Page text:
But even with some consolidation factored in, opening a collecting site seems like a good idea to Rétfalvi. “The site could provide some marketing for the rooms. We started the site two weeks ago, and already have plenty of reservations through it.”
Different ways to succeed
With so many escape rooms opening at almost the same time, organizers feel the need to differentiate themselves from their rivals.
Choosing themes wisely and building the rooms to a high standard are, obviously, essential. The keywords are mood and flow. For example, Escape Room opened in November and focused keenly on atmosphere, offering very different feelings in its four rooms (jungle, retro, beach and horror). ClosedIn will open a room in a few days with a Formula 1 theme, which might be sound a bit strange, however, it is more focused on the puzzles and riddles themselves.
Based on location and owners’ own fantasy, room themes vary from site to site, but retro, horror, jungle and crime scene are among the favorites. But with so many “different yet similar” sites around the town, owners must offer something extra to visitors. Szobafogság, with two rooms and two more planned, focuses on providing teambuilding events. Escape Room will hold birthday parties for children; however, the service is also popular among adults. PánIQ-Szoba offers a unique 120 minute-long escaping experience, rather than the “industry standard” 60 minutes.
Some of the rooms are designed to fulfill the expectations of exclusively foreign-speaking visitors, as owners hope for high numbers of reservations in the summer months from tourists, not least stag parties. However, that influx hasn’t arrived yet: visitors are mostly hardcore gamers and office teams.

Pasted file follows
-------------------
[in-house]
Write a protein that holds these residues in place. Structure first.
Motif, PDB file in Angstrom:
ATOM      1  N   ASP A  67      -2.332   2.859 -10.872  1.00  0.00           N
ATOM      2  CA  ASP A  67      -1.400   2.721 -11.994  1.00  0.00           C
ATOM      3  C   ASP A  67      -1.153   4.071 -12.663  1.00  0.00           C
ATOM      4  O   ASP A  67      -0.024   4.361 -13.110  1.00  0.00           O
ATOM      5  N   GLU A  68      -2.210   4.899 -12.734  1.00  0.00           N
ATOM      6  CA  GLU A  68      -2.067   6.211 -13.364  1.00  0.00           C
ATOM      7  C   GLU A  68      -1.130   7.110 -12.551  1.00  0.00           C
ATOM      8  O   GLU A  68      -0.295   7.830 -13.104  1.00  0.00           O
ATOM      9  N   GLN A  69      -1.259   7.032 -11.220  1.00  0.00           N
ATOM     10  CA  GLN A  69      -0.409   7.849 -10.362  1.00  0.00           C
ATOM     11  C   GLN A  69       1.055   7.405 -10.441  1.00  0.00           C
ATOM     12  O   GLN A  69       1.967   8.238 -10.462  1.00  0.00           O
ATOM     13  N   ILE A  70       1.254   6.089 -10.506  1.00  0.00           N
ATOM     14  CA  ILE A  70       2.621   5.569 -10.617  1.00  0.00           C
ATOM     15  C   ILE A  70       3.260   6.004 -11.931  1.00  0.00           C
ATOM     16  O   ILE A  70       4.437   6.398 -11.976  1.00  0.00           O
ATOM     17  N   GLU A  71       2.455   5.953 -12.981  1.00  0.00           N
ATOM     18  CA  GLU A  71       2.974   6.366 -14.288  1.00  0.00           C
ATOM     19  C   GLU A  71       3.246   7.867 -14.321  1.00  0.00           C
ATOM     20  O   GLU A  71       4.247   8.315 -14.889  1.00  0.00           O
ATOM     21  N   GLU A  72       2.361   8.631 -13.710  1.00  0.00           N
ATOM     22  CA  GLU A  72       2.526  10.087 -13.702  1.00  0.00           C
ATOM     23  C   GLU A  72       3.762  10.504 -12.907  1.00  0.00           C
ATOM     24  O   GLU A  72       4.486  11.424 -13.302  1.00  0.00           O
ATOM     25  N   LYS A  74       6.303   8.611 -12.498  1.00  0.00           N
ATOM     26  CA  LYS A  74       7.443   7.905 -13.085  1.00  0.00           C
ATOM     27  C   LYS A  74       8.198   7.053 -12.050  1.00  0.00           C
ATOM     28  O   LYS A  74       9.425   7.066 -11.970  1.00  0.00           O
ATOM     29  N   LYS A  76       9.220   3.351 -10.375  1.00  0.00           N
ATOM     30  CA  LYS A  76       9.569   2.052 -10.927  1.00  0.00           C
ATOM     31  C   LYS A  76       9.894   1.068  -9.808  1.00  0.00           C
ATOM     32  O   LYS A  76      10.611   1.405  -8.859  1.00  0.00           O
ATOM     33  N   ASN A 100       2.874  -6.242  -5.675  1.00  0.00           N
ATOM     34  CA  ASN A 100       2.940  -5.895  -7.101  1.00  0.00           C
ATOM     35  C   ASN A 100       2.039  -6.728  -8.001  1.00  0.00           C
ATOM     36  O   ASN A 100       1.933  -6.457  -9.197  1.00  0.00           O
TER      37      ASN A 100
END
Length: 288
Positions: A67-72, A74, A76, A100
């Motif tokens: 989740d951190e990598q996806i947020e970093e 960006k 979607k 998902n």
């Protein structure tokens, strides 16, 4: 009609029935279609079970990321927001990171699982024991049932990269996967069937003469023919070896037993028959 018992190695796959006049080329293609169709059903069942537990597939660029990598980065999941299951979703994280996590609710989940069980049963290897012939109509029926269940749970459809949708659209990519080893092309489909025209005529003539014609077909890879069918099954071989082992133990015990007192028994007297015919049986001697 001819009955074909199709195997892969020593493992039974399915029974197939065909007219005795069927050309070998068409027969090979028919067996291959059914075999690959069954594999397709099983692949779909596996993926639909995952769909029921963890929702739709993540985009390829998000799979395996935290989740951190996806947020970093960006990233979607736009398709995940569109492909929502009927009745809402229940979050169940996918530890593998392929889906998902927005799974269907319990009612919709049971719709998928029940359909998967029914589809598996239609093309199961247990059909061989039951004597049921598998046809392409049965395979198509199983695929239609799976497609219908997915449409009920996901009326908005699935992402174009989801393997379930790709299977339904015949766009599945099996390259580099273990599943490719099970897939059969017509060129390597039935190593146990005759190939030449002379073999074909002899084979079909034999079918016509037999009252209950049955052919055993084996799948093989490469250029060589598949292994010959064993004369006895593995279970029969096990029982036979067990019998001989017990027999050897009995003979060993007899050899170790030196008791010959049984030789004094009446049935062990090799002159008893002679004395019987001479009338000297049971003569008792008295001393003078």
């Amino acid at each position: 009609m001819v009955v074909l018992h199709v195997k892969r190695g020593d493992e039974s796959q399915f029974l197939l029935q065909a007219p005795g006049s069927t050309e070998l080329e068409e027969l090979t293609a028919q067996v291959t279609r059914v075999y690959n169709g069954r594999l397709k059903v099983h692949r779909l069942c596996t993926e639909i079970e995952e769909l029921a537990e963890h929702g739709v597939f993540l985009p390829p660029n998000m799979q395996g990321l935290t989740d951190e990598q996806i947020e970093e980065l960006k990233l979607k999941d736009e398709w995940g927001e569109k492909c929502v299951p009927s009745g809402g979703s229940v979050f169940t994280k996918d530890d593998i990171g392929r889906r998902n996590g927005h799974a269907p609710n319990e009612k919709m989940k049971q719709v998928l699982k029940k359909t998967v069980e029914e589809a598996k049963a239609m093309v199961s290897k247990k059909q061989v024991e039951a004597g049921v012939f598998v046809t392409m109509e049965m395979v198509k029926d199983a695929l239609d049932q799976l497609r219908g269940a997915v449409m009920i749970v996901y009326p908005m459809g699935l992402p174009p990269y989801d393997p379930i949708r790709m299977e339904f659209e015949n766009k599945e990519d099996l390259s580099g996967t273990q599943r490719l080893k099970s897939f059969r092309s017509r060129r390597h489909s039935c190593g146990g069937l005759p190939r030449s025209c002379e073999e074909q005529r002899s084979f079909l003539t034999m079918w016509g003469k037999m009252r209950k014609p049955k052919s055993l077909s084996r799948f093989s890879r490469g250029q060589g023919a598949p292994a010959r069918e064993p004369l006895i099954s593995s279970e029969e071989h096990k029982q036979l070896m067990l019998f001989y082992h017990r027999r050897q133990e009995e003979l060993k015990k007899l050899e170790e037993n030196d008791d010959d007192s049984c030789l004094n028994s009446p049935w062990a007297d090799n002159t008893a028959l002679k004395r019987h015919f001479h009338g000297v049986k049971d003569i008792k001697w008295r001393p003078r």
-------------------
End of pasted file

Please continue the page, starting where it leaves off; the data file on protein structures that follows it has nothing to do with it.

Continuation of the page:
Game without frontier
Room escape games have popped up in Budapest like mushrooms after abundant rain, but the “infection” hasn’t stopped at the borders of the capital. ParaPark has already opened rooms in Győr, Szeged and Siófok, moreover a mobile room appeared at last year’s mega festivals, like Sziget, Hegyalja, Efott, and Volt, which seems to be a viable business model to tackle the falling demand during summertime.
With real life room escape games a uniquely Hungarian invention, export seems a viable option to get away from the choking domestic competition, but it is not as easy as it might at first appear. “Just as in the case of ruin pubs, escape the room games could spread around town so easily, because they are relatively cheap to establish. Cellars or rooms could be rented at a very low price and the backbone of manual and operational work is performed by the organizers themselves,” Rétfalvi said. “Almost all the organizers have planned to expand into foreign cities, but when they face rental prices and work-related expenditures, they usually take a step back.”
However, there are examples of a move into Europe: ParaPark has opened a room in Barcelona and Escape Room has now completed its plans to expand over the borders. “Invisible Exhibition – a tour in complete darkness guided by real blind people – is a great success around Europe and we want to install our room beside it,” Escape Room owner Alexandra Kárpáti said. She also wants to organize programs for schoolchildren adjusted to their education level in mathematics and foreign languages.
But the real trap in escape room games is turnover. Once a room has been successfully exited, players rarely come back, so rooms have to find new players all the time or redesign the rooms periodically. “We change the game play every six to nine months,” Kárpáti said. “The installation could be the same, but you can change the content adjusted to visitors’ needs and demands,” she added.